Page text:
Editorial

Prop 59: Don't amend the Constitution over Citizens United

Citizens United, the 2010 Supreme Court decision holding that corporations had a 1st Amendment right to spend unlimited amounts of money to influence elections, has no shortage of critics. Editorial writers (including the ones behind this page) have assailed the decision. President Obama denounced it in a State of the Union address with several justices sitting in attendance. In a 2015 Bloomberg poll, 78% of respondents said that it should be overturned.

But is the decision so outrageous that it requires the radical step of amending the U.S. Constitution? That’s the question California voters will be pondering in November as they contemplate Proposition 59, which asks if the state’s elected officials should use “all of their constitutional authority, including, but not limited to, proposing and ratifying one or more amendments to the U.S. Constitution” to overturn Citizens United and related decisions.

If we had had our way, this question even wouldn’t be on the ballot.  We urged Gov. Brown to veto the legislation that put it there because, unlike other propositions placed before the people in this citadel of popular democracy, Proposition 59 has no binding force.  Although its proponents claim that it’s designed to “instruct” state legislators and members of Congress, those officials are entirely free to disregard it. (It also seems like preaching to the choir. Perhaps in an exercise of clairvoyance, the state Legislature had already voted in 2014 to petition Congress to convene a constitutional convention to approve an amendment overturning Citizens United.)

But now that the question is on the ballot, the voters must choose, and so must we. We recommend a No vote, for two reasons.

First, amending the Constitution is a difficult process by design, and not every unwise Supreme Court decision justifies the attempt.  Citizens United, which was decided only six years ago by a mere 5-4 majority, could plausibly be reconsidered or narrowed with a change in the court’s membership.  Hillary Clinton, for one, has made it clear that she would appoint justices likely to reconsider the ruling. (She also says she would fight for a constitutional amendment to overturn the ruling “if necessary.”)

Even if it weren’t overturned, many of the evils for which it has become a metaphor — undisclosed “dark money” in political campaigns, for example — can be addressed by simple legislation. We don’t rule out supporting an appropriately crafted constitutional amendment in the future, but we see no reason to rush.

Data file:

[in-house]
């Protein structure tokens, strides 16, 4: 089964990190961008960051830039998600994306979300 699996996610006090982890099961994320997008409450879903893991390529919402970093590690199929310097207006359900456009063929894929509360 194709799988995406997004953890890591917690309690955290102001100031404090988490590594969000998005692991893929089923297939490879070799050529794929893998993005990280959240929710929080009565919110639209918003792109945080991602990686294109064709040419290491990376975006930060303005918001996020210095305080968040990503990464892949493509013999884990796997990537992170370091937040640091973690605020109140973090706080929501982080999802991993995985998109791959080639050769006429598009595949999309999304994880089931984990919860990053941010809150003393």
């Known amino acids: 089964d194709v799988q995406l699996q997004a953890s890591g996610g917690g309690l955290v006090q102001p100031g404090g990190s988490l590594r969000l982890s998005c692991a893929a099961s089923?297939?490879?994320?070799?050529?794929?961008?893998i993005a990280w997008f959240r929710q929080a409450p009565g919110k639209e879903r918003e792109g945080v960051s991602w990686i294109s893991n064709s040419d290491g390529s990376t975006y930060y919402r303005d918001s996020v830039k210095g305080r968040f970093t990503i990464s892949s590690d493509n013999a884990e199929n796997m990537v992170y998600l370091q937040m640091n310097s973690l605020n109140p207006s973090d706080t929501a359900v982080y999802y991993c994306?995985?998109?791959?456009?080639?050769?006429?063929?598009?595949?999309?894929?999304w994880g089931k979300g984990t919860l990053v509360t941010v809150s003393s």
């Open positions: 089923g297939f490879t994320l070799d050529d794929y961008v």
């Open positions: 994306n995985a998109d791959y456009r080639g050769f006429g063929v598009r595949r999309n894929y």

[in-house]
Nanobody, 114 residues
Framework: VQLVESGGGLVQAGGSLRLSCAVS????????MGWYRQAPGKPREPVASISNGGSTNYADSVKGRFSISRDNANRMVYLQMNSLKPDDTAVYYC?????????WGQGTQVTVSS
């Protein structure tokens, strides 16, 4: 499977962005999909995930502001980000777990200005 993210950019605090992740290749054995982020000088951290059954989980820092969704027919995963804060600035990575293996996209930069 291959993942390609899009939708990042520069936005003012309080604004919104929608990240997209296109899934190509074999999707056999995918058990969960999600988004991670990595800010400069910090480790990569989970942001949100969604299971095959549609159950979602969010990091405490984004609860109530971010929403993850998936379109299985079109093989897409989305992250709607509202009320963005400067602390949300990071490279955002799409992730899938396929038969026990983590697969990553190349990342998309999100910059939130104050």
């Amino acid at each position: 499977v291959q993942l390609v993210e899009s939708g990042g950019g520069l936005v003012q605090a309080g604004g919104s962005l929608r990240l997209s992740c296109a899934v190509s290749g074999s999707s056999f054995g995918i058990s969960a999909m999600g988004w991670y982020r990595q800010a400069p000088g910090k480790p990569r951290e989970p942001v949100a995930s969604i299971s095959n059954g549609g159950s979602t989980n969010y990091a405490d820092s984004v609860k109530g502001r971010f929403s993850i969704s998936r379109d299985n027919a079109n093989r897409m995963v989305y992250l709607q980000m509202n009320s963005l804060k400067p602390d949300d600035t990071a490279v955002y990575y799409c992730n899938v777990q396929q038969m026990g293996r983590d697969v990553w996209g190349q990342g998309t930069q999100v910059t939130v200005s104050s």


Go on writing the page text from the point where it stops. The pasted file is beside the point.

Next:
That brings us to our second concern about Proposition 59: Like a similar measure approved by Los Angeles city voters in 2013, Proposition 59 doesn’t specify what a proposed constitutional amendment would actually say.

True, Proposition 59 suggests that an amendment or amendments would reverse Citizens United and “other applicable judicial precedents” — a reference mainly to Buckley vs. Valeo, a 1976 decision holding that individuals could spend unlimited amounts of their money on independent political expenditures. But the measure also suggests that a constitutional amendment would “make clear that corporations should not have the same constitutional rights as human beings.”

That’s a powerful, even poetic, pronouncement, but what does it mean? Would corporations lose only free-speech rights or other rights as well, such as the right to be free from unreasonable searches and seizures at their places of business or to due process of law if they were sued?  Would nonprofit as well as for-profit corporations be affected? What about the 1st Amendment rights of corporations that publish newspapers or broadcast the nightly news?

Supporters of Proposition 59 suggest that such questions could be taken up later when members of Congress, after being “instructed” by the voters, got down to the hard work of drafting an amendment.  But that seems backward: You don’t decide that the Constitution should be amended, and then decide what the amendment should say. When it comes to amending the Bill of Rights, the exact words matter.

We share the frustration over Citizens United (the decision) and “Citizens United” (the metaphor for the outsize role of money in politics). We also recognize that the very reason we opposed placing this question on the ballot — that it’s purely advisory — could be offered as a justification for voting Yes; why not take advantage of this opportunity to “make a statement”?

Fair enough, but if that statement is: “Amend the Constitution; details to follow,” we don’t think it’s a message worth sending.

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